Wednesday, June 20, 2012

Deschutes Brewery/Hair of the Dog Brewing Company - Conflux No. 1 (Collage)

Last year, two of my favorite breweries, Deschutes and Hair of the Dog, announced that they were planning a collaboration. While I was pants-crappingly happy when news of the collaboration broke, I have to admit I was a little taken back when they announced what their collaboration beer would be. Rather than getting together and brewing a new beer, Deschutes and Hair of the Dog chose to do a sort of "best of" beer, blending 4 of their beers (2 from each brewery) together and then running the result through an extensive barrel aging program. This idea was definitely original, but the beers being used just didn't seem to make sense together. Those beers are:

1. Hair of the Dog's Adam: A beast of an Old Ale, weighing in at 10%. When I tasted it, I picked up notes of raisins, spices, wood and tobacco.

2. Hair of the Dog's Fred: A big Golden Ale from Hair of the dog, also clocking in at 10%. When I had it, I tasted honey, apricot jam, candied orange and some hop resin.

3. Deschutes' The Dissident: One of Deschutes' highest rated beers (as well as one of the hardest to find), The Dissident is a sour brown ale that is released once every two years. I have a bottle that I'm holding onto and planning on opening in the near future. Other tasters have noted brett, anise, cherries, lemon, vanilla and wood.

4. Deschutes' The Stoic: Another member of Deschutes' Reserve Series, The Stoic was released for the first time last year to rather mixed results. It's a Belgian Style Quadrupel brewed with pomegranates and partially aged in wine and whiskey barrels. I'll be tasting this at a later date as well. Other tasters picked up notes of cherry, banana, clove, pomegranate and wine barrel.

After blending these beers (I don't think they released what the actual percentage of each beer used was, though it would be interesting to find out), the result was aged in rye whiskey, cognac, sherry, pinot noir, bourbon, new American oak and new Oregon oak barrels. You know, standard stuff.

Alright, so just to recap, this beer is a Old/Golden/Sour Brown/Quad aged in every barrel known to man. And this is going to If anyone else was brewing this, I would have stayed far, far away, but with Deschutes and Hair of the Dog behind the wheel, I had faith that this wouldn't be gross. There was really only one way to find out though, so I picked a bottle up at Bottlecraft and gave it a try.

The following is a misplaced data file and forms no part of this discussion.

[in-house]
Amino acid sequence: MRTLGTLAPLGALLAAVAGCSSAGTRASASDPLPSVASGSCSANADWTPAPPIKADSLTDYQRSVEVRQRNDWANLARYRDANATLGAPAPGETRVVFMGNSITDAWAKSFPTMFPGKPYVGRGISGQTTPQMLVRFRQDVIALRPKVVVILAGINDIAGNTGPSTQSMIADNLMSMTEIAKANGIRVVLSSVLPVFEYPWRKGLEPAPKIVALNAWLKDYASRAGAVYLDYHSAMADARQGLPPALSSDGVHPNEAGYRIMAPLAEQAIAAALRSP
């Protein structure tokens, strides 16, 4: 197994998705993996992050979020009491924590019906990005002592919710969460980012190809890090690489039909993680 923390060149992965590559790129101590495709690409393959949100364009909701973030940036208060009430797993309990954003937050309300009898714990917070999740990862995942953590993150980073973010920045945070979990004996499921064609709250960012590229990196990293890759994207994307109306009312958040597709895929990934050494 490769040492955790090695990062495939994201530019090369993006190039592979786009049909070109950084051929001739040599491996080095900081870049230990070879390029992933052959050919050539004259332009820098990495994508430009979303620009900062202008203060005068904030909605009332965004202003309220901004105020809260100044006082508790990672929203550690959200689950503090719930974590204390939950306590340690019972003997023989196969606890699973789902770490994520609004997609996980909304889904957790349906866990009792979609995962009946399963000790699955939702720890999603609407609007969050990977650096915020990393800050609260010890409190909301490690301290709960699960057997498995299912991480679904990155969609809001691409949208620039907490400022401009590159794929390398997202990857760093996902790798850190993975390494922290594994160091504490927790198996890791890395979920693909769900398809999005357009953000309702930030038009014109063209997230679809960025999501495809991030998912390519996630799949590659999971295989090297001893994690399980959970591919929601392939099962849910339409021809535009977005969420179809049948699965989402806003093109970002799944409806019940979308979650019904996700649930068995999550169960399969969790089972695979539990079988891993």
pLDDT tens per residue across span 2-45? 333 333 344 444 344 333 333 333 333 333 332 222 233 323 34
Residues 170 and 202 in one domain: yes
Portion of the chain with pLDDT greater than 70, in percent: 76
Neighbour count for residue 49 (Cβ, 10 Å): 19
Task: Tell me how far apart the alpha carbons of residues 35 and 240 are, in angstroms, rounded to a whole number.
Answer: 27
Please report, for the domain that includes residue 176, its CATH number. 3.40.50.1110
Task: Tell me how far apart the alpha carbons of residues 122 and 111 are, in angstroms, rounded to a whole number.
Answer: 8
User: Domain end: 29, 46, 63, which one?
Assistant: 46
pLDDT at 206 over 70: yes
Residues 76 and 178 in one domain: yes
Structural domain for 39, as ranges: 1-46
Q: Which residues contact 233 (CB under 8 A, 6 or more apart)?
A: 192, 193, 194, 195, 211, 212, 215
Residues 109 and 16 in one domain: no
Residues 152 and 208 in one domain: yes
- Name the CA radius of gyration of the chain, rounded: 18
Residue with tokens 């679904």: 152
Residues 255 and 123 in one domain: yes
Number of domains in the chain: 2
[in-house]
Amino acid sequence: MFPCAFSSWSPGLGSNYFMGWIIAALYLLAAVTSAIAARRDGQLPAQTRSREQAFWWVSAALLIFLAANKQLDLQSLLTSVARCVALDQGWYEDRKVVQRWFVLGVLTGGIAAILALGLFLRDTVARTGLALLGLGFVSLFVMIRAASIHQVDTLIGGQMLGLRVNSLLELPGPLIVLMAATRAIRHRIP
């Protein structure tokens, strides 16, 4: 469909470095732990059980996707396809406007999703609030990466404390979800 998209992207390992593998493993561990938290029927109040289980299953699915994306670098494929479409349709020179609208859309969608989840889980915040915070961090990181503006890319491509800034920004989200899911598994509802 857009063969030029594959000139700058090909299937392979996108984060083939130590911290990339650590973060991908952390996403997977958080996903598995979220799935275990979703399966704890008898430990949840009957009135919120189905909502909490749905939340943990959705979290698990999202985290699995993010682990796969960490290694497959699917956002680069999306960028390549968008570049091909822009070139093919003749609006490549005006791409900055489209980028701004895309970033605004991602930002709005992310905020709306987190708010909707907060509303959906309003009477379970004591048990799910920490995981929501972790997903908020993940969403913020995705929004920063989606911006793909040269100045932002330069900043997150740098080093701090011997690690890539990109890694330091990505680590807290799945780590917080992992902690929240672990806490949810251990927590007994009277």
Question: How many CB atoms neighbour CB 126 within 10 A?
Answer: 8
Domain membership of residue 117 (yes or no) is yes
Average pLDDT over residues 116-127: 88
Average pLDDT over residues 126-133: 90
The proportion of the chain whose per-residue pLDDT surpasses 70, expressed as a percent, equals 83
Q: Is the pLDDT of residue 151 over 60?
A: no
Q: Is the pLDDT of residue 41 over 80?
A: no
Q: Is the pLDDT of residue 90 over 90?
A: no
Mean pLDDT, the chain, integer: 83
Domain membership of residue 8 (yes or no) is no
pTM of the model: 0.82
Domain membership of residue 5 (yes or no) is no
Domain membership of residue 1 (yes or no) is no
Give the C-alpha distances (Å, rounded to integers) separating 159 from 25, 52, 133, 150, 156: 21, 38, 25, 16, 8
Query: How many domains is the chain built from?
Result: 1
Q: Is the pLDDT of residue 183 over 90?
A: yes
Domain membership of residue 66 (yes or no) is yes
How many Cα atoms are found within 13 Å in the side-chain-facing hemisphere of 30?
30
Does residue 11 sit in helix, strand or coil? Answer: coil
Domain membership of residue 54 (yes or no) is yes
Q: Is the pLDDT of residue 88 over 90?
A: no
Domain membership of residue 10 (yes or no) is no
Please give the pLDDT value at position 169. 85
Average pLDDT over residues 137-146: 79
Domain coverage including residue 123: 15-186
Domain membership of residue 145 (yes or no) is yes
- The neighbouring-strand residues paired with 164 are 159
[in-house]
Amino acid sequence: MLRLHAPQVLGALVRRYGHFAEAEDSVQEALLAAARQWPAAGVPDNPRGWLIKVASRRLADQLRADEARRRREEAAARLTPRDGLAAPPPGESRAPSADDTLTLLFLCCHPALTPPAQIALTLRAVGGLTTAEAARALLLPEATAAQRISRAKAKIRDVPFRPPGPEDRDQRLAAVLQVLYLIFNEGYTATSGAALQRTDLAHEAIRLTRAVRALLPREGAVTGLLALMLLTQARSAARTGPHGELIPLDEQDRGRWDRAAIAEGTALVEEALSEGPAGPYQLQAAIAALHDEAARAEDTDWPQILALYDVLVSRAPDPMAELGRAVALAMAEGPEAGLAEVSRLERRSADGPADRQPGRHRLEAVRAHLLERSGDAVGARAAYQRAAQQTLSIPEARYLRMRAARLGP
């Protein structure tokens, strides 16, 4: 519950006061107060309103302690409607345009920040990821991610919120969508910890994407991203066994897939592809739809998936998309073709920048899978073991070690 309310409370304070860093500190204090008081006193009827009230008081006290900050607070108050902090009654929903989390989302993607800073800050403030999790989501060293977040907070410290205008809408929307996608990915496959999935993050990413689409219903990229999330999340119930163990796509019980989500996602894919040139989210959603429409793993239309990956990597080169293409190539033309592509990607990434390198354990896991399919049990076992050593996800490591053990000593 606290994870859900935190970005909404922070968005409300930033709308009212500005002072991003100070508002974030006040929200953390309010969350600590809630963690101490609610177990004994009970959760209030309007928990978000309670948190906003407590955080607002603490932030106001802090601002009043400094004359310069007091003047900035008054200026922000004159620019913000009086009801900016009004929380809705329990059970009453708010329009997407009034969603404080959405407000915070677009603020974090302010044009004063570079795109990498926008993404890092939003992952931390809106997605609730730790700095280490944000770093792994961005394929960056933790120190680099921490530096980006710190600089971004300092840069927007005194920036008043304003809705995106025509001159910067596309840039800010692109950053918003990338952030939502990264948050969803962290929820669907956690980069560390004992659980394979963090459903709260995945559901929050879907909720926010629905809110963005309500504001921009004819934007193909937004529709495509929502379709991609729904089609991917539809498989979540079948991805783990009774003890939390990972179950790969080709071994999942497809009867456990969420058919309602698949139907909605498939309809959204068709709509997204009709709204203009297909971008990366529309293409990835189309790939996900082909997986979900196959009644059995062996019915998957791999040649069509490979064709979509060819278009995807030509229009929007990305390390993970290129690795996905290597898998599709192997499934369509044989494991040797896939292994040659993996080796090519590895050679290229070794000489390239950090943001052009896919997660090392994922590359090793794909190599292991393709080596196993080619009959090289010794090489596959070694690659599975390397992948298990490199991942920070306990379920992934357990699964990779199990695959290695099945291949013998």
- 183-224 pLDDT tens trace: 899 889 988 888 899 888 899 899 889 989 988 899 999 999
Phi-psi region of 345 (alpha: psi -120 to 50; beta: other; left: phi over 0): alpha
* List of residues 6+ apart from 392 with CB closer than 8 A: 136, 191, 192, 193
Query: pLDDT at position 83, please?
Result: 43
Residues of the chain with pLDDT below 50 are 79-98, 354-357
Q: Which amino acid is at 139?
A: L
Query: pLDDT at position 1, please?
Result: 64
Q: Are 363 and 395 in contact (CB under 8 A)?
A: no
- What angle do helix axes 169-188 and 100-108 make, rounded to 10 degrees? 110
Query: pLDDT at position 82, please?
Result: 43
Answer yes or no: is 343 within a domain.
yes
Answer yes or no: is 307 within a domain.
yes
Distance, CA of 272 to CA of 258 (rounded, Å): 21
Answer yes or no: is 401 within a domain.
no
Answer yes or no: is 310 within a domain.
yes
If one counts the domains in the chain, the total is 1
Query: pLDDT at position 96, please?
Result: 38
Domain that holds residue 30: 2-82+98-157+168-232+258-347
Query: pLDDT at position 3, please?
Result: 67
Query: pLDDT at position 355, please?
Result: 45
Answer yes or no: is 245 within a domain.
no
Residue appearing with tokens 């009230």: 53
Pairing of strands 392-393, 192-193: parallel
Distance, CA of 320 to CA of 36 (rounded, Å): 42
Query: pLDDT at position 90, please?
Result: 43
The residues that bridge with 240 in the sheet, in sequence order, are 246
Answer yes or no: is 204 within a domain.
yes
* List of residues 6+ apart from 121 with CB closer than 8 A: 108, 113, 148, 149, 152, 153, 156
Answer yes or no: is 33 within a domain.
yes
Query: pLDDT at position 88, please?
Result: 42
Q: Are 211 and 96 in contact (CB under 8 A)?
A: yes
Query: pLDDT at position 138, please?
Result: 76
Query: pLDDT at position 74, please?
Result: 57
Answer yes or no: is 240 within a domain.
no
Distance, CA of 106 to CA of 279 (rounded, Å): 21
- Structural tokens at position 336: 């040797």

Collage pours a deep chestnut color with some ruby highlights. A thin creamy head coats the beer and leaves sudsy patches on the top. The smell, not surprisingly, has a ton going on. I picked up a ton of dark fruit and whiskey upfront with notes of pomegranate, fig, raisin, apricot brandy, cabernet, bourbon, a good amount of wood and some faint traces of chocolate. Yowza! I don't think I've smelled anything as complex as this in a while.

The taste surprised me with a good amount of tartness throughout, I'm guessing due to The Dissident. I got a huge amount of dark fruit flavors in here as well as some syrupy pomegranate flavors, pinot noir, raisin, a cranberry-like tartness near the finish and some charred wood. As far as picking out the individual beers, I'd say The Dissident and The Stoic were the most evident with Adam definitely making an appearance in there somewhere. Fred is definitely the most tame beer of the bunch and I think it got overwhelmed by the bigger beers in here.

So does this Old/Golden/Sour Brown/Quad beer work? I'd have to say it did. I don't know how, but somehow this crazy concoction was super complex and pretty tasty. It was far from being my favorite beer from either of these breweries, but it was an interesting experiment, nonetheless.

Final Grade: B+

Top 100 Beers Tasted: 38

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